Overview of Graph Building
To create a filter graph, begin by creating an instance of the Filter Graph Manager:
IGraphBuilder* pIGB; HRESULT hr = CoCreateInstance(CLSID_FilterGraph, NULL, CLSCTX_INPROC_SERVER, IID_IGraphBuilder, (void **)&pIGB);
The Filter Graph Manager supports the following graph-building methods:
- IFilterGraph::ConnectDirect tries to make a direct connection between two pins. If the pins cannot connect, the method fails.
- IGraphBuilder::Connect connects two pins. If possible, it makes a direct connection. Otherwise, it uses intermediate filters to complete the connection.
- IGraphBuilder::Render starts from an output pin and builds the rest of the graph. This methods adds filters as needed, working downstream, until it reaches a renderer filter.
- IGraphBuilder::RenderFile builds a complete file-playback graph.
- IFilterGraph::AddFilter adds a filter to the graph. It does not connect the filter. You must create the filter before calling this method, either by calling CoCreateInstance or by using the Filter Mapper or System Device Enumerator.
These methods provide three basic approaches to building the graph:
- The Filter Graph Manager builds the entire graph.
- The Filter Graph Manager builds part of the graph.
- The application builds the entire graph.
The Filter Graph Manager Builds the Entire Graph
If you simply want to play a file that is authored in a recognized format, such as AVI, MPEG, WAV, or MP3, use the RenderFile method. The article How To Play a File shows how to do this.
The RenderFile method starts by looking in the registry for a source filter that can parse the file. It uses the protocol (such as "
https:// " in the URL), the file extension, or pre-defined byte patterns in the file to determine the source filter. For details, see Registering a Custom File Type.
To build the rest of the graph, the Filter Graph Manager uses an iterative process wherein it takes the media types that a filter supports on its output pins, and searches the registry for filters that will accept that media type as input. It uses several criteria to narrow the search and prioritize filters:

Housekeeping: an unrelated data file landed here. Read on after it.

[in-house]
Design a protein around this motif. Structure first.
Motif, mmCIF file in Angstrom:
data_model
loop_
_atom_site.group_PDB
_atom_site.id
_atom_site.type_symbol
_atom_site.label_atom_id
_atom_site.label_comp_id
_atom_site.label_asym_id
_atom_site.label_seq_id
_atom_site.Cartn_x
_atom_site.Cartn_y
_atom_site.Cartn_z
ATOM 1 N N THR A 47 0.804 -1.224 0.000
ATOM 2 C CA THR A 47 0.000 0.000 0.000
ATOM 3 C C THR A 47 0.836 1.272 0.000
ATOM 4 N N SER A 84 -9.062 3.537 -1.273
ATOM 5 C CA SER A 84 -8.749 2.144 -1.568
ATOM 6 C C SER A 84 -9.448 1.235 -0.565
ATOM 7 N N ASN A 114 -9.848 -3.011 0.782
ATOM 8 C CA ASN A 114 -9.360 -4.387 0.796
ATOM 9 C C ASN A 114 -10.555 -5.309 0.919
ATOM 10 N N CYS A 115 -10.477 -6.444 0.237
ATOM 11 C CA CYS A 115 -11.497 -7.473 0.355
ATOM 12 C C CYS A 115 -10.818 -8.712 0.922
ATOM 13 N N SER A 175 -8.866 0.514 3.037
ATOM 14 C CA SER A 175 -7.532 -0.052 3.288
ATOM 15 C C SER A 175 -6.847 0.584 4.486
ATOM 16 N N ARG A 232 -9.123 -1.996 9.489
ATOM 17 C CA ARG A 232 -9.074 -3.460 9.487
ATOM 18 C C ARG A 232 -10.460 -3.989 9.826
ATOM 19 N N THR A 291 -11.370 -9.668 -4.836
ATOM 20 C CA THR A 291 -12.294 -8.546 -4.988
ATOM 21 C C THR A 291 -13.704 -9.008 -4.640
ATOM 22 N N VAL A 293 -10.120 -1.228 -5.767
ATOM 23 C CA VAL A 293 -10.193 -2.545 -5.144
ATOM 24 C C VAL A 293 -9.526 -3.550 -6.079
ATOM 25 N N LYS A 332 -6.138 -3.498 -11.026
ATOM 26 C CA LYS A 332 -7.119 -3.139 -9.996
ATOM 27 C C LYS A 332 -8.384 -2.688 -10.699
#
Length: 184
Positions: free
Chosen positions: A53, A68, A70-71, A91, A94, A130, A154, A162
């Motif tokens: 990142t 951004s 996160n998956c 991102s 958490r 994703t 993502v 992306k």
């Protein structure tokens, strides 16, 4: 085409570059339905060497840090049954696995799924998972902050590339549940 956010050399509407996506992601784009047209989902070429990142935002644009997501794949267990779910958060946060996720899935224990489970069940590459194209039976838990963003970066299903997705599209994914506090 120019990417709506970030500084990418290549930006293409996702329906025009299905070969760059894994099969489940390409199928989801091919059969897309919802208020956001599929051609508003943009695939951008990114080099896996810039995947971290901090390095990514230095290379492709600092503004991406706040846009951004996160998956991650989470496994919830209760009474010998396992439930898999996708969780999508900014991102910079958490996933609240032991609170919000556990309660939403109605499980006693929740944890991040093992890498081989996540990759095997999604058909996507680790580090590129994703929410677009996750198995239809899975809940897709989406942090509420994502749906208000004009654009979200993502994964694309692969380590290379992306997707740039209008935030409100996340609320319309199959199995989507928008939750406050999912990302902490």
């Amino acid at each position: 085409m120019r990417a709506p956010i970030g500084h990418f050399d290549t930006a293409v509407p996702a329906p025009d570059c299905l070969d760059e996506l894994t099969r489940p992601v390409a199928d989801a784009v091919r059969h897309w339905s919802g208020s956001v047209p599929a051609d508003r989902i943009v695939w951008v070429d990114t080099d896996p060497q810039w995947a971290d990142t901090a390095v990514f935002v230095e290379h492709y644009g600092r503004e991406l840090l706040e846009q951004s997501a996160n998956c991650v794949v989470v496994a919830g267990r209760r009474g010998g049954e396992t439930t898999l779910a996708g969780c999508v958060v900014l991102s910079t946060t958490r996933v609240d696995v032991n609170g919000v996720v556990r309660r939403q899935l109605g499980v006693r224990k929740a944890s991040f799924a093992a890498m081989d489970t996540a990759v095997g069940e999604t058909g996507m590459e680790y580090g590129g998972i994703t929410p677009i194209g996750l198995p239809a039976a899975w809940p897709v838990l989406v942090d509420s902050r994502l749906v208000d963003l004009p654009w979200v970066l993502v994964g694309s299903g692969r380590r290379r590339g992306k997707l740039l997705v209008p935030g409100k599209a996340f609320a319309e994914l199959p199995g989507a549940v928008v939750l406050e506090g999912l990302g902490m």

- The filter category identifies the general functionality of the filter.
- The media type describes what kind of data the filter can accept as input or deliver as output.
- The merit determines the order in which filters are tried. If two filters in the same filter category both support the same input types, the Filter Graph Manager selects the one with the highest merit value. Some filters are purposely given a low merit value because they are designed for specialized purposes and should only be added to the graph by the application.
The Filter Graph Manager uses the Filter Mapper object to search the registry.
As each filter is added, the Filter Graph Manager tries to connect it to the previous filter's output pin. The filters negotiate to determine whether they can connect, and if so, what media type to use for the connection. If the new filter cannot connect, the Filter Graph Manager discards it and tries another filter. This process continues until every stream is rendered.
The Filter Graph Manager Builds Part of the Graph
To do something beyond simply playing a file, your application must perform at least some of the graph building work. For example, a video capture application must select a capture source filter and add it to the graph. If you are writing data to an AVI file, you must add the AVI Mux and File Writer filters to the graph. However, it is often possible to let the Filter Graph Manager complete the graph. For example, you can render a pin for preview by calling the Render method.
The Application Builds the Entire Graph
In some scenarios, your application may need to build the graph by adding and connecting each filter. In this case, you probably know specifically which filters should be added to the graph. With this approach, the application adds each filter by calling AddFilter, enumerates the pins on the filters, and connects them by calling either Connect or ConnectDirect.